August 29, 2003
The Christian Science Monitor ran an article about game studies today. Besides quotes from some usual defenders of game studies, including Janet Murray, Celia Pearce and James Gee (who was featured in the recent Chronical of Higher Education chat on games), the article includes representatives of the academy who think game studies is bunk:
“It’s just another concession to the customer. Kids have grown up playing Nintendo. They don’t read because they don’t know how to read – they don’t cultivate the imagination…. They need to be put through the intellectual rigors of a traditional format for education. Video games are just an easy way to avoid it.” – Edward Smith, director of American Studies at American University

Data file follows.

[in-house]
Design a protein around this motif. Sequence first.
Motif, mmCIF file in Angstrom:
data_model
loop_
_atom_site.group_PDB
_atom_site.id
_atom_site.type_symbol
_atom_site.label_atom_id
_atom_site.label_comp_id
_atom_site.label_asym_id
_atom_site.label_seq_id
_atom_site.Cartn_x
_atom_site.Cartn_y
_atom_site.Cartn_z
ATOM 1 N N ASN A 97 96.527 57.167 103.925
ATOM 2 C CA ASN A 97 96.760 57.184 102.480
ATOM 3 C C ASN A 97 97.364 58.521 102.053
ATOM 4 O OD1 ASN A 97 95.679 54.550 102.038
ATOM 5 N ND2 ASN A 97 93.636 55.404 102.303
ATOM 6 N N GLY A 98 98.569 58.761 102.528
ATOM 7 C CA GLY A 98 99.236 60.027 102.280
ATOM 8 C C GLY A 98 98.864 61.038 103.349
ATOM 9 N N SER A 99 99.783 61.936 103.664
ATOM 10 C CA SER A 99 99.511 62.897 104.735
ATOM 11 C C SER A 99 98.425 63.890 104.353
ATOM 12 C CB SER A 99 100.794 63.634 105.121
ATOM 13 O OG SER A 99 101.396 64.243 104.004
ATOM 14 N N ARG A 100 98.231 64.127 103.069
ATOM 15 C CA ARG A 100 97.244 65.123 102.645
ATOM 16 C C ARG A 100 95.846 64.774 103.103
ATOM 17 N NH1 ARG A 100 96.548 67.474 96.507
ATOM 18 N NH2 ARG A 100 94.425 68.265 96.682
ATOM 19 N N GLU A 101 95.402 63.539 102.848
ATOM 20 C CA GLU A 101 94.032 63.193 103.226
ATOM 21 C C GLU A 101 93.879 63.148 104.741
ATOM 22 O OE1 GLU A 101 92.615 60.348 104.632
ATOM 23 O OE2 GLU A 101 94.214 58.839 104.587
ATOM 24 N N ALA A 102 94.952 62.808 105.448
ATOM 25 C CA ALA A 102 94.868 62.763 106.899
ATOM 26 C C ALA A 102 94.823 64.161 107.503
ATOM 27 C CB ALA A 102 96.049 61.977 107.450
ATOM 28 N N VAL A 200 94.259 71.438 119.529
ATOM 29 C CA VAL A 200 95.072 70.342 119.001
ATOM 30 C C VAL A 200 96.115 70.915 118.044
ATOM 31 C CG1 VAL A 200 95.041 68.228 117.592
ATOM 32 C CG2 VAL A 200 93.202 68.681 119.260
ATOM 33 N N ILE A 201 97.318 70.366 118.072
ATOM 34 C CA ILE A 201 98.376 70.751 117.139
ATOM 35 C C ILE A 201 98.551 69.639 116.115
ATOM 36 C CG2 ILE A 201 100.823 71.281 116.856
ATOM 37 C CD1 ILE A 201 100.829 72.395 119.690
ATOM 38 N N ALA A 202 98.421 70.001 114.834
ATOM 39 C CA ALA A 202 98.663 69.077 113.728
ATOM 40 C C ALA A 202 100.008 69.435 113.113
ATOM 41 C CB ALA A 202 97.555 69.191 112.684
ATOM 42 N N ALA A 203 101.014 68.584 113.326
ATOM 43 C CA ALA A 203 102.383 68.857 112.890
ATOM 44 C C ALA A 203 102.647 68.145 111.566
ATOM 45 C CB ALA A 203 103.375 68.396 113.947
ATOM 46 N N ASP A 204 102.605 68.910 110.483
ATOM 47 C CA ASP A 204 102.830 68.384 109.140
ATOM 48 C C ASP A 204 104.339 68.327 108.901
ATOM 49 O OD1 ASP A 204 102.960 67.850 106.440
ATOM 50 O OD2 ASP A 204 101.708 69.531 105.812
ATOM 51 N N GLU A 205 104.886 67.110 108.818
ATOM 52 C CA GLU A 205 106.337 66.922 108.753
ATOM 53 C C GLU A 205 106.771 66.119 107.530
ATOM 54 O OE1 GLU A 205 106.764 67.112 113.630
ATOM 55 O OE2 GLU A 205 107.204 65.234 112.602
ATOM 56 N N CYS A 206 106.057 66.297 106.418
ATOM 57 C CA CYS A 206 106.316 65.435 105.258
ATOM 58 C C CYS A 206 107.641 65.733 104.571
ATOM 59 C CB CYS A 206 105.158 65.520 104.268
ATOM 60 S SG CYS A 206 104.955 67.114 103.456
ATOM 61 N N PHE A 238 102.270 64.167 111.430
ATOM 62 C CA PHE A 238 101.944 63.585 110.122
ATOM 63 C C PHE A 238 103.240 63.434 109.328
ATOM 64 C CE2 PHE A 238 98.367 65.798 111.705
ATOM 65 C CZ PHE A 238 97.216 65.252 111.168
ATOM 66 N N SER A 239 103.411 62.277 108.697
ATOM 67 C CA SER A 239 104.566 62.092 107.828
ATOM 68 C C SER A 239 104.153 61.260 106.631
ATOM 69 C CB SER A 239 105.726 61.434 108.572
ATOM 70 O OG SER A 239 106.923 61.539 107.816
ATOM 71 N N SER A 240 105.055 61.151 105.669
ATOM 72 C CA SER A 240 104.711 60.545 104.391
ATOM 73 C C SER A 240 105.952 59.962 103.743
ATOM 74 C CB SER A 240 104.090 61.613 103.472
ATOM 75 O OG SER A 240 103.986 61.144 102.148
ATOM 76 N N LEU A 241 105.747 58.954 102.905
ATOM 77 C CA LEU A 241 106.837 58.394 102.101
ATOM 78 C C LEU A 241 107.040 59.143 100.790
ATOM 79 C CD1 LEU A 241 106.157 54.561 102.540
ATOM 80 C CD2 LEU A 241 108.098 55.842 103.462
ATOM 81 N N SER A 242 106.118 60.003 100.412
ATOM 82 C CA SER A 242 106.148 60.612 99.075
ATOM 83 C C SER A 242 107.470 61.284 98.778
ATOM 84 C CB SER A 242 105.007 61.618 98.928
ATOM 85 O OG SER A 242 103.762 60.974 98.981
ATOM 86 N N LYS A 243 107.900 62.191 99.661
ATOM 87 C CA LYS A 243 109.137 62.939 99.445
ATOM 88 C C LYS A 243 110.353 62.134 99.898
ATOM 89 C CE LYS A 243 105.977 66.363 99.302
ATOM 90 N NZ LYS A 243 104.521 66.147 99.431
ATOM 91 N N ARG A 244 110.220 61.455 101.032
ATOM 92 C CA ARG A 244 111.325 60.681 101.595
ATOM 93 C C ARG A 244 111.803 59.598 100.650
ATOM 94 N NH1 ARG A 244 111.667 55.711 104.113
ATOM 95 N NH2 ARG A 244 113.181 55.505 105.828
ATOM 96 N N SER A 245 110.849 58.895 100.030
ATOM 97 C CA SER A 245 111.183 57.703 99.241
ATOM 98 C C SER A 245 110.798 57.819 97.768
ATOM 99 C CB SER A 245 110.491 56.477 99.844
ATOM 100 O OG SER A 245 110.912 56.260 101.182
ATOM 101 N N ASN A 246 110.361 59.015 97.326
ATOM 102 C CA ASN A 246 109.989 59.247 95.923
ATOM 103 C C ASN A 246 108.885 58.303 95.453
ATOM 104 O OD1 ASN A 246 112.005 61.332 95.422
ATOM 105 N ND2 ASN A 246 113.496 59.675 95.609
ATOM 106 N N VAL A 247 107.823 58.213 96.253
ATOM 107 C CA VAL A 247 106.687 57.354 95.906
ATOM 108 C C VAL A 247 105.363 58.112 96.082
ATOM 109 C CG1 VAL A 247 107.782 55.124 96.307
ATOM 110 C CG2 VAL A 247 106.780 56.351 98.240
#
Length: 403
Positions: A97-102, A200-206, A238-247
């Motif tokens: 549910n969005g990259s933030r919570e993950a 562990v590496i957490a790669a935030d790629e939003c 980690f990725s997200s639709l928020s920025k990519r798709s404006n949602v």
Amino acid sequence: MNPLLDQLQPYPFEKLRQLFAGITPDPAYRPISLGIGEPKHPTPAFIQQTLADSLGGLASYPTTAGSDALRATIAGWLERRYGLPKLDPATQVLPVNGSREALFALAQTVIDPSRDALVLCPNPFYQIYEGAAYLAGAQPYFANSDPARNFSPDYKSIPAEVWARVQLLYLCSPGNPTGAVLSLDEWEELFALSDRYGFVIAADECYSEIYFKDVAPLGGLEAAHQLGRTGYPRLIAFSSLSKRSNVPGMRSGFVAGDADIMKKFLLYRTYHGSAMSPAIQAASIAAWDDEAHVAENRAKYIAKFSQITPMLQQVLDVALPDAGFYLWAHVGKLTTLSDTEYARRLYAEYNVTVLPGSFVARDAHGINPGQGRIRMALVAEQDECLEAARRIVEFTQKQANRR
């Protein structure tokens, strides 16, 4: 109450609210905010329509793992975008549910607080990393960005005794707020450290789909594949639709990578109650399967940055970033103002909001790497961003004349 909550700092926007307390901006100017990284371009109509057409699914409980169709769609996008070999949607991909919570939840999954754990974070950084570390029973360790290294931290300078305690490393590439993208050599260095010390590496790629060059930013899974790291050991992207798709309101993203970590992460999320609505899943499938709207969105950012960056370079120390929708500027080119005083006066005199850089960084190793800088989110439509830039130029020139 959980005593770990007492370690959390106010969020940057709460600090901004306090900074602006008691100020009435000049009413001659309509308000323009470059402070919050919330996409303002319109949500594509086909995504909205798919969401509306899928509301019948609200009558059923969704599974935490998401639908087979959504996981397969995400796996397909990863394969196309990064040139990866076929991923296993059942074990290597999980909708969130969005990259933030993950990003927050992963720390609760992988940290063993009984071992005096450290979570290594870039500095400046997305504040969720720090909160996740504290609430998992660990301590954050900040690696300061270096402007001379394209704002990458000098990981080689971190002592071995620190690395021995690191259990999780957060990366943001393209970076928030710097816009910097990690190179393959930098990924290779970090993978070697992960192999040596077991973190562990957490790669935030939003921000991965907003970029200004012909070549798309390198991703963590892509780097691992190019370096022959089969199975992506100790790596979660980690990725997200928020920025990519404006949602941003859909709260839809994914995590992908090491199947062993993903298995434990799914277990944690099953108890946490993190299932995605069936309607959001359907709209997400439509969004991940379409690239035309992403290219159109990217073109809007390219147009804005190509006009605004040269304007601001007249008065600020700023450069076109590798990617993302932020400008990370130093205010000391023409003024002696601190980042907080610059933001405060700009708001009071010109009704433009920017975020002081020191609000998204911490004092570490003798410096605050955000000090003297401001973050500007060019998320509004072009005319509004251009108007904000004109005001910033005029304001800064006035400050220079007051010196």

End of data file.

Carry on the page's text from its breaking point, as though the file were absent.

I wonder if this is the majority opinion in academia? In my little corner of the world at Georgia Tech, both departments I’m appointed in (Literature, Communication and Culture and College of Computing) are enthusiastic about video games as a legitimate object of scholarly study. I’d be interested to hear any comments from people who’ve had to fight battles over this.